Builtin functions

Rye comes with many builtin functions. Functions that are defined in a host language (Go). While solving a problem you build functions of your own in Rye.

Rye functions

Functions are like any other Rye values. You create them by calling a function. The most common is builitn function fn. It takes two arguments a block of arguments and a block of code.

It returns a function value which we assign to a word using a set-word, like any other value.

say-hi: fn { name } { print join { "Hi " name } }

double: fn { x } { x * x }

is-positive: fn { n } { if n > 0 { return 1 } 0 }

Value of the last expression is retuned from function call. You don’t need to use return statement (there is return function, for when you want to return in the middle of code).

We call them like we call builtin functions, by naming them and providing the arguments.

say-hi "Jane"
; prints: "Hi Jane"

double 5
; returns: 25

is-positive -100
; returns 0

Pure functions

If you probe builtin functions in shell you will see that most of them show something like [Pure BFunction ...]. A function being Pure means that it has no side effects and that it has referential transparency. This means that with the same inputs it will always produce same output.

Above join is a pure builtin functions, while print has a side effect, and function like now is not referentially transparent. It will return a different result each time you call it.

probe ?join
; prints: [Pure BFunction(1): Joins Block or list of values together]

probe ?print
; prints: [BFunction(1): Prints a value and adds a newline.]

probe ?now
; prints: [BFunction(0): Returns current Time.]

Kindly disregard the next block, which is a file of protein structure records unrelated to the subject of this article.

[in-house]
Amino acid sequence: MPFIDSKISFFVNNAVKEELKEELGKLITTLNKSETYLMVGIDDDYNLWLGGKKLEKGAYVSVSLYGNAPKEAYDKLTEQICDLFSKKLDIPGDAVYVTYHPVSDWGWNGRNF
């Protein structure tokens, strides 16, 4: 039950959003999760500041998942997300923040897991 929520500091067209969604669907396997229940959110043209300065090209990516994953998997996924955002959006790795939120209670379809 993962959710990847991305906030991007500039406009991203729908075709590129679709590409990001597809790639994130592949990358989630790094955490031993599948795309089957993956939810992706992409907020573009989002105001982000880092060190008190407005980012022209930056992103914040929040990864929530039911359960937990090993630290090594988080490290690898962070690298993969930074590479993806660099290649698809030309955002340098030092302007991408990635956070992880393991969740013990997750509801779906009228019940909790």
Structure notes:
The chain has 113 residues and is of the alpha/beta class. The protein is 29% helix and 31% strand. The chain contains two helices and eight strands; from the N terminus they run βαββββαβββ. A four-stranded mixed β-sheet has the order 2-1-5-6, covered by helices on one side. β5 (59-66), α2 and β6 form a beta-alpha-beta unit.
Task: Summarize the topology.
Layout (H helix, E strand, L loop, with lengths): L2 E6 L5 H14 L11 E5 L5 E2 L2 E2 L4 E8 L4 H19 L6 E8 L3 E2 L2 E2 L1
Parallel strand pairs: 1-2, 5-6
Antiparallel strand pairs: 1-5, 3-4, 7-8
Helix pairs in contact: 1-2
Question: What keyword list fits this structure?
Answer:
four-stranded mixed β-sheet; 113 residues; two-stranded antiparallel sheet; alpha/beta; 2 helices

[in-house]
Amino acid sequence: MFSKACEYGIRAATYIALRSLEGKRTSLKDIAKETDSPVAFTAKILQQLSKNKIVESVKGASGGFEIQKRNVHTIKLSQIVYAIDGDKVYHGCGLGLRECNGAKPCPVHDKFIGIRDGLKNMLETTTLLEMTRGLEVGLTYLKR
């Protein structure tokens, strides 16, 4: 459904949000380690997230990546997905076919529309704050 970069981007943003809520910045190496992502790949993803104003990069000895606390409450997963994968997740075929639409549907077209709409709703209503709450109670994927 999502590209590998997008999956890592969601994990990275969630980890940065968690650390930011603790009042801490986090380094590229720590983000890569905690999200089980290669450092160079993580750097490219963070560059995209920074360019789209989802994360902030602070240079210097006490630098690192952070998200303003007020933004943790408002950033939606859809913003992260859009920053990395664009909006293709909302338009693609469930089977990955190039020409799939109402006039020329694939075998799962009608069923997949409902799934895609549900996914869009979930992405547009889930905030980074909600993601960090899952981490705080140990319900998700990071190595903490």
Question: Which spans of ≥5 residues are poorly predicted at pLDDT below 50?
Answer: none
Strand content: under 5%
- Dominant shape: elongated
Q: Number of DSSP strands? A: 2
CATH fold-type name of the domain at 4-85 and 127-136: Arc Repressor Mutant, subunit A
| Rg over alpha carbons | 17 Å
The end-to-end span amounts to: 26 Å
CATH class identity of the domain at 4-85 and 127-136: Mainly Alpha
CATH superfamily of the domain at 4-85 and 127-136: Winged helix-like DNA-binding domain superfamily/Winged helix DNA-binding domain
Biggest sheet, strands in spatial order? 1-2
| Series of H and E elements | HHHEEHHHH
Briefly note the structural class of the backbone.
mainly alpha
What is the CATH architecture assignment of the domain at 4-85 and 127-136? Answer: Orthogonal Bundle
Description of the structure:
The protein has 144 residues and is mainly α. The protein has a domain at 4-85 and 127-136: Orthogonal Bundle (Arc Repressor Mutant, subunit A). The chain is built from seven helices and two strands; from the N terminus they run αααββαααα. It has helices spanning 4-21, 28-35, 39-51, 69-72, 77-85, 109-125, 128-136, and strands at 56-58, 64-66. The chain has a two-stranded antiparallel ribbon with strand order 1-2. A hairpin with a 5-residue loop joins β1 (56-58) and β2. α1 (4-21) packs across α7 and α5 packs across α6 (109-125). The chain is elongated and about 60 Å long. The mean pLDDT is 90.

Function for creating pure function is fnp. Pure functions can only call other pure functions (builtin or normal). Pure functions are bound to a context with just pure functions so they have no access to any unpure function or a word (variable) outside it’s scome (like global).

x: 101

add5: pfn { x } { x + 5 }
add5 10
; returns: 15

addx: pfn { x } { x + a }
addx 10
; Error: word a not found

say-hi: pfn { name } { print "Hi" + name }
say-hi "Anne"
; Error: word print not found

BTW: + * > we used above are also pure functions. One or two letter operator characters are op-words by default. More on this later.

Functions with no arguments

Continuing REBOL’s convention function that accept no arguments can be created with does function.

say-hi: does { print "Hi!" }

; prinsts: Hi!

Since there is no special keyword like: func, def, function, ..., but functions are like other Rye values constructed with functions (and you can load these as a library or make your own), we tend to use more words for specific cases of constructing functions than just one keyword.


Rye has a function fnc. With it you can define a custom context in which you want function to be executed.

me: context { name: "Jim" }

introduce: fnc { to } me { print { "Hi" to ", I'm" name } }

introduce "Jane"
; prints: Hi Jane , I'm Jim

introduce "Bob"
; prints: Hi Bob , I'm Jim

This function enables many interesting things, some are still being explored.


It turns out closures are just a simpler variant of this. Closure is a function that’s executed in the context it was defined in.

me: context { 
	name: "Jim" 
	intro: closure { } { print { "I'm" name } 

name: "Joe"

; prints: I'm Jim

; also i we take closure out it's context and assign it locally
me -> 'intro :my-intro

; prints: I'm Jim

A more typical use of closures is that they are returned from functions while enclosing on function’s context. Each function runs in its own context, so it’s not that different than the example above.

make-adder: fn { a } { closure { b } { a + b } }

add5: make-adder 5 
add10: make-adder 10

a: 30

add5 5
; returns: 10

add10 5
; returns: 15